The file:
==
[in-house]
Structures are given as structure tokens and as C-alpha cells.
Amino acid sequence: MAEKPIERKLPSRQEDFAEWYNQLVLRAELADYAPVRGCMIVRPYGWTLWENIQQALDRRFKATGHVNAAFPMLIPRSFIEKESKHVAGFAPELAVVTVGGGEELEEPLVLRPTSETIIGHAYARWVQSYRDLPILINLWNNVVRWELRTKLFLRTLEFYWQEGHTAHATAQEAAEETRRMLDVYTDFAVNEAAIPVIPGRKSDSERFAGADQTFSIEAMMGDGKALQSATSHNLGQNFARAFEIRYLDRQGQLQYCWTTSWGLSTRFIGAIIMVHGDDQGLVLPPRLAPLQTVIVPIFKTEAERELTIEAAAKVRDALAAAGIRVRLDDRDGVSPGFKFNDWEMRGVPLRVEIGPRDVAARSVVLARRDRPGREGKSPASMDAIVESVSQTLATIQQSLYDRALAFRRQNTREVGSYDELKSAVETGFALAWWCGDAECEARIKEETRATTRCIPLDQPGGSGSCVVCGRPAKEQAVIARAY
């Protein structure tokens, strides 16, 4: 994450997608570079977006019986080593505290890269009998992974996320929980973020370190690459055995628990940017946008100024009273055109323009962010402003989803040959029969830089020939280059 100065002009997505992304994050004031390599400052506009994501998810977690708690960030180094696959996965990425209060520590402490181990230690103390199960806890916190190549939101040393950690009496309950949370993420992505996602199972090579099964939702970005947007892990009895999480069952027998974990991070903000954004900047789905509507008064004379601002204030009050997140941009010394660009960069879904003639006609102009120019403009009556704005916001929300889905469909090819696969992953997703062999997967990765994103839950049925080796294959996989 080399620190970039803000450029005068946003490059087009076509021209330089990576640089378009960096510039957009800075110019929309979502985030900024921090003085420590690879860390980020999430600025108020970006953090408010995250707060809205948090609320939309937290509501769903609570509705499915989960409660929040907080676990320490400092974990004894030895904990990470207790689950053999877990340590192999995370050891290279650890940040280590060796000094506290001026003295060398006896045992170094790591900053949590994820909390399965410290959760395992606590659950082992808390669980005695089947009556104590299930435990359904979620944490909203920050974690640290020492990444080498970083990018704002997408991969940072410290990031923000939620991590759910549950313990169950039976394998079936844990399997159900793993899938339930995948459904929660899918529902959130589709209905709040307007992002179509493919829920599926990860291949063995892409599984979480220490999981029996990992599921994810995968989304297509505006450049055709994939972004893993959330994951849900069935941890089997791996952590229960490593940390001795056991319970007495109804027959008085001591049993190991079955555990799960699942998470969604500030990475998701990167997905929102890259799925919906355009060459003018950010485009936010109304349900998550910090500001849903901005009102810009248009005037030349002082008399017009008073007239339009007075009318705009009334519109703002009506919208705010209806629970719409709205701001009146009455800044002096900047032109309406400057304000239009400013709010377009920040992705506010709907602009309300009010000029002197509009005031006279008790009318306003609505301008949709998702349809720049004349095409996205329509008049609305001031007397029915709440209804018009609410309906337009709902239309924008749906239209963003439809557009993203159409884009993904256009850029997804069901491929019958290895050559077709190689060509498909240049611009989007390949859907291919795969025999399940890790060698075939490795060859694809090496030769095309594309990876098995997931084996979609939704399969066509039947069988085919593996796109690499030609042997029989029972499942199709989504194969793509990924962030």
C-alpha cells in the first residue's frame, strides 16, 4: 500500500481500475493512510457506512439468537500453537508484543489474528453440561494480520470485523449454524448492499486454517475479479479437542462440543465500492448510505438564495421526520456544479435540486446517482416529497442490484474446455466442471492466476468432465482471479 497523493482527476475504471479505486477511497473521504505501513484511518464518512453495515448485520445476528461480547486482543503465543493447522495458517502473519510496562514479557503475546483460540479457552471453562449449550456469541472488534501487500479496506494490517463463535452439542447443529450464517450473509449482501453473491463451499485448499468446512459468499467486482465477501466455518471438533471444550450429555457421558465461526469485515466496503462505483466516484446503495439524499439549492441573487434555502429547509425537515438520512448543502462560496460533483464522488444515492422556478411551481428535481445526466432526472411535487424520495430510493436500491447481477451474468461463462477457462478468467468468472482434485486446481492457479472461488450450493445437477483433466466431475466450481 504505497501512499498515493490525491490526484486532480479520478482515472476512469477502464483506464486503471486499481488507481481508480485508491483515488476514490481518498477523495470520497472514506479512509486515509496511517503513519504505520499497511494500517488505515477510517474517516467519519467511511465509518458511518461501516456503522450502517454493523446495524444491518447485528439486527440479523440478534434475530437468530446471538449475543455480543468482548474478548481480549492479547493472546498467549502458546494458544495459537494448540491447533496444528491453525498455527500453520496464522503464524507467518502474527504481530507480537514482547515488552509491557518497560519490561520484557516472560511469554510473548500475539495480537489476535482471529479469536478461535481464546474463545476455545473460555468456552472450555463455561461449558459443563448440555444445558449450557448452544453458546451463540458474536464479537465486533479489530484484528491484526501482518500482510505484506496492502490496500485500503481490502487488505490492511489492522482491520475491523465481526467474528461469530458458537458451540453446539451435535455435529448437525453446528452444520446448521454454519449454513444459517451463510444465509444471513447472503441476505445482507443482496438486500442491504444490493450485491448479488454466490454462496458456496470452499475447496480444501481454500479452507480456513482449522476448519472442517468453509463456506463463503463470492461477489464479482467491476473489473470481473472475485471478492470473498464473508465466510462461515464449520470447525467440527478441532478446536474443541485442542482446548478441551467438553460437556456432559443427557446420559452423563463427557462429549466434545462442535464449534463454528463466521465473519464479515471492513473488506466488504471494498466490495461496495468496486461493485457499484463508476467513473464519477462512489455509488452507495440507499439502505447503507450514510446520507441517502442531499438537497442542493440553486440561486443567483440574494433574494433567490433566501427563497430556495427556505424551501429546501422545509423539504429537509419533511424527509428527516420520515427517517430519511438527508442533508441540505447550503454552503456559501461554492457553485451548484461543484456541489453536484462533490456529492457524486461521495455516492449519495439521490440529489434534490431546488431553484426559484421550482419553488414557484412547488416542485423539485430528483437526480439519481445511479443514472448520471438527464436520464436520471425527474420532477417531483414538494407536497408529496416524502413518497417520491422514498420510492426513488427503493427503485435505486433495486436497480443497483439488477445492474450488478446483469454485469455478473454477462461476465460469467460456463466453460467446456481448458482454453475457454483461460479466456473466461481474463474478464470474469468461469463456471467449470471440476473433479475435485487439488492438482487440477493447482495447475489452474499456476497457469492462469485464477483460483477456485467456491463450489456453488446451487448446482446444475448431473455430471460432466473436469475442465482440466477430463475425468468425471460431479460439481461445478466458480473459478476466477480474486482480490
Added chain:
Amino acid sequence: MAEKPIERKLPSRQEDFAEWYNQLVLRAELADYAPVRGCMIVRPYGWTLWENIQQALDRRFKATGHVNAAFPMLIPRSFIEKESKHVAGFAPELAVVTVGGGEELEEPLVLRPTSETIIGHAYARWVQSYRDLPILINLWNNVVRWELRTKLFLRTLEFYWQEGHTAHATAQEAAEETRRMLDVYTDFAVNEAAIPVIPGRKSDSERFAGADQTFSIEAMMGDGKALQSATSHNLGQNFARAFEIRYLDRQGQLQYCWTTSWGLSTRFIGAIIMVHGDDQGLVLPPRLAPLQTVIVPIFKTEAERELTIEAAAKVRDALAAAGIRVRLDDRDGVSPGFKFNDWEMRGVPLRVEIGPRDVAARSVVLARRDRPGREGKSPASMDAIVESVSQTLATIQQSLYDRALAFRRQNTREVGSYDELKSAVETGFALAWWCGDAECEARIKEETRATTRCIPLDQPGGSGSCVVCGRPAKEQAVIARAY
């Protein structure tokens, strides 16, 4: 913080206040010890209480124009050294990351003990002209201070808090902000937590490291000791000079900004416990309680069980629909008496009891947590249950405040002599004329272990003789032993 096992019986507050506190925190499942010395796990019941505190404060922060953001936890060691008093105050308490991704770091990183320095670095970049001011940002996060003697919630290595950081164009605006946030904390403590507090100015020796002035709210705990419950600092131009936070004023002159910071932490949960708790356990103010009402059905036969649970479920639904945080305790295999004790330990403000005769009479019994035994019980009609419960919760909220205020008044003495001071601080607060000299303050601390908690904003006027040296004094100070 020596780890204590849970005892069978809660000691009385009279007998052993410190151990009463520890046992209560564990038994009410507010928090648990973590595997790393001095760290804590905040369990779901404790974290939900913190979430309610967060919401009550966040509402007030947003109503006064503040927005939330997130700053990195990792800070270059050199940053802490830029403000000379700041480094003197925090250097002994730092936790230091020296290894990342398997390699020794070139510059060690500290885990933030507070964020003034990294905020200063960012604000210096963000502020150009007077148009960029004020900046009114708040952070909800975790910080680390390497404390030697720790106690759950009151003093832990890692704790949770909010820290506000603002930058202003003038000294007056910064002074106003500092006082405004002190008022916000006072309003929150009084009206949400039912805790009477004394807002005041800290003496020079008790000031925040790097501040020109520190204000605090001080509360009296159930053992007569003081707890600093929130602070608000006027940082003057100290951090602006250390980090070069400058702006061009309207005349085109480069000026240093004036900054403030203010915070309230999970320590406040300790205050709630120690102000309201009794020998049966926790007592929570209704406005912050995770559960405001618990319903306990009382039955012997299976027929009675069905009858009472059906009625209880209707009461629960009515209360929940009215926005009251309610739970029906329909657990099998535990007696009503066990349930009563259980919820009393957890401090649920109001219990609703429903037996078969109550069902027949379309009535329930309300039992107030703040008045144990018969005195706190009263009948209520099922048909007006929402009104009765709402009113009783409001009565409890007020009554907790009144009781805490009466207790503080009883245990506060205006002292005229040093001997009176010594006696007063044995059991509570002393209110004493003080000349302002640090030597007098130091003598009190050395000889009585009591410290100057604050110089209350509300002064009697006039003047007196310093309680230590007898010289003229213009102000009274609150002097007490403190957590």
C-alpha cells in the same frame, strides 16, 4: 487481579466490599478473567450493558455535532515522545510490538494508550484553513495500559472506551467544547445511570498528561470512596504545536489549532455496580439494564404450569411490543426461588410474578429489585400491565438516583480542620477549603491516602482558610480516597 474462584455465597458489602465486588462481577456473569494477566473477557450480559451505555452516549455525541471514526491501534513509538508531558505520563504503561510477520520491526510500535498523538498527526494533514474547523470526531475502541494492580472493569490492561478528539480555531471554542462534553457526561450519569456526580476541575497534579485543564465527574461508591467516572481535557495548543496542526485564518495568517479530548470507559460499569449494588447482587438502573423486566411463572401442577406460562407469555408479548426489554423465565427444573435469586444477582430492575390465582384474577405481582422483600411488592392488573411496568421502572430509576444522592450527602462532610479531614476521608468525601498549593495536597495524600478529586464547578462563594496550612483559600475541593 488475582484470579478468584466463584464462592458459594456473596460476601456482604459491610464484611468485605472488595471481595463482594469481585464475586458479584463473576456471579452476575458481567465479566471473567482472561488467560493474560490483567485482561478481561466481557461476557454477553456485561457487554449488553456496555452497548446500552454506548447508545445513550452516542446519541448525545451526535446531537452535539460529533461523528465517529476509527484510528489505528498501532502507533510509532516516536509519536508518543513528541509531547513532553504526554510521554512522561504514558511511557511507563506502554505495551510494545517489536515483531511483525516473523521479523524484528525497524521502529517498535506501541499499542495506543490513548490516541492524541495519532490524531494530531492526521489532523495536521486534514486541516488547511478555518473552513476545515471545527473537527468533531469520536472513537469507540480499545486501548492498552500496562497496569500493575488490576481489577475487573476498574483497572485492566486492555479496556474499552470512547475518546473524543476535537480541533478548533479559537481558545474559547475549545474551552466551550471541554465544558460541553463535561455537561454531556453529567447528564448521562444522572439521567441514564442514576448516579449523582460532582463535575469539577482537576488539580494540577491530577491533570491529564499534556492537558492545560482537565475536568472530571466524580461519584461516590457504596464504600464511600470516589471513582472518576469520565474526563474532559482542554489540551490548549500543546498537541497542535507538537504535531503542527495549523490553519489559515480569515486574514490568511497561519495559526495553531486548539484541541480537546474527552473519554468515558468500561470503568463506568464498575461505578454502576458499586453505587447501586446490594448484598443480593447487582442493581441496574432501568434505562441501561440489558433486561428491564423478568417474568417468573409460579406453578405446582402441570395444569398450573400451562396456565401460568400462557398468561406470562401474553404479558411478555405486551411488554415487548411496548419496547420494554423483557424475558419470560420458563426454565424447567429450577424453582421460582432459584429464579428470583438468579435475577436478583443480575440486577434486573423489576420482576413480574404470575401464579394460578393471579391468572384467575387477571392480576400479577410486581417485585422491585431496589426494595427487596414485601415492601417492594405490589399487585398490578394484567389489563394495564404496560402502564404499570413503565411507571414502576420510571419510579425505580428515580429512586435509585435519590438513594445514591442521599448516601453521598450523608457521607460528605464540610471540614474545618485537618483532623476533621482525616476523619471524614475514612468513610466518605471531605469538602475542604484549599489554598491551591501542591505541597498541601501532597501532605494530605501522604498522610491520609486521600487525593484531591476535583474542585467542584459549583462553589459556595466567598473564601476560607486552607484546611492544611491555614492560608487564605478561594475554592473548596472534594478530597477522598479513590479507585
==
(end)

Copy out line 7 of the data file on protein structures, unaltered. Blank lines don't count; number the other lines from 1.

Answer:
Amino acid sequence: MAEKPIERKLPSRQEDFAEWYNQLVLRAELADYAPVRGCMIVRPYGWTLWENIQQALDRRFKATGHVNAAFPMLIPRSFIEKESKHVAGFAPELAVVTVGGGEELEEPLVLRPTSETIIGHAYARWVQSYRDLPILINLWNNVVRWELRTKLFLRTLEFYWQEGHTAHATAQEAAEETRRMLDVYTDFAVNEAAIPVIPGRKSDSERFAGADQTFSIEAMMGDGKALQSATSHNLGQNFARAFEIRYLDRQGQLQYCWTTSWGLSTRFIGAIIMVHGDDQGLVLPPRLAPLQTVIVPIFKTEAERELTIEAAAKVRDALAAAGIRVRLDDRDGVSPGFKFNDWEMRGVPLRVEIGPRDVAARSVVLARRDRPGREGKSPASMDAIVESVSQTLATIQQSLYDRALAFRRQNTREVGSYDELKSAVETGFALAWWCGDAECEARIKEETRATTRCIPLDQPGGSGSCVVCGRPAKEQAVIARAY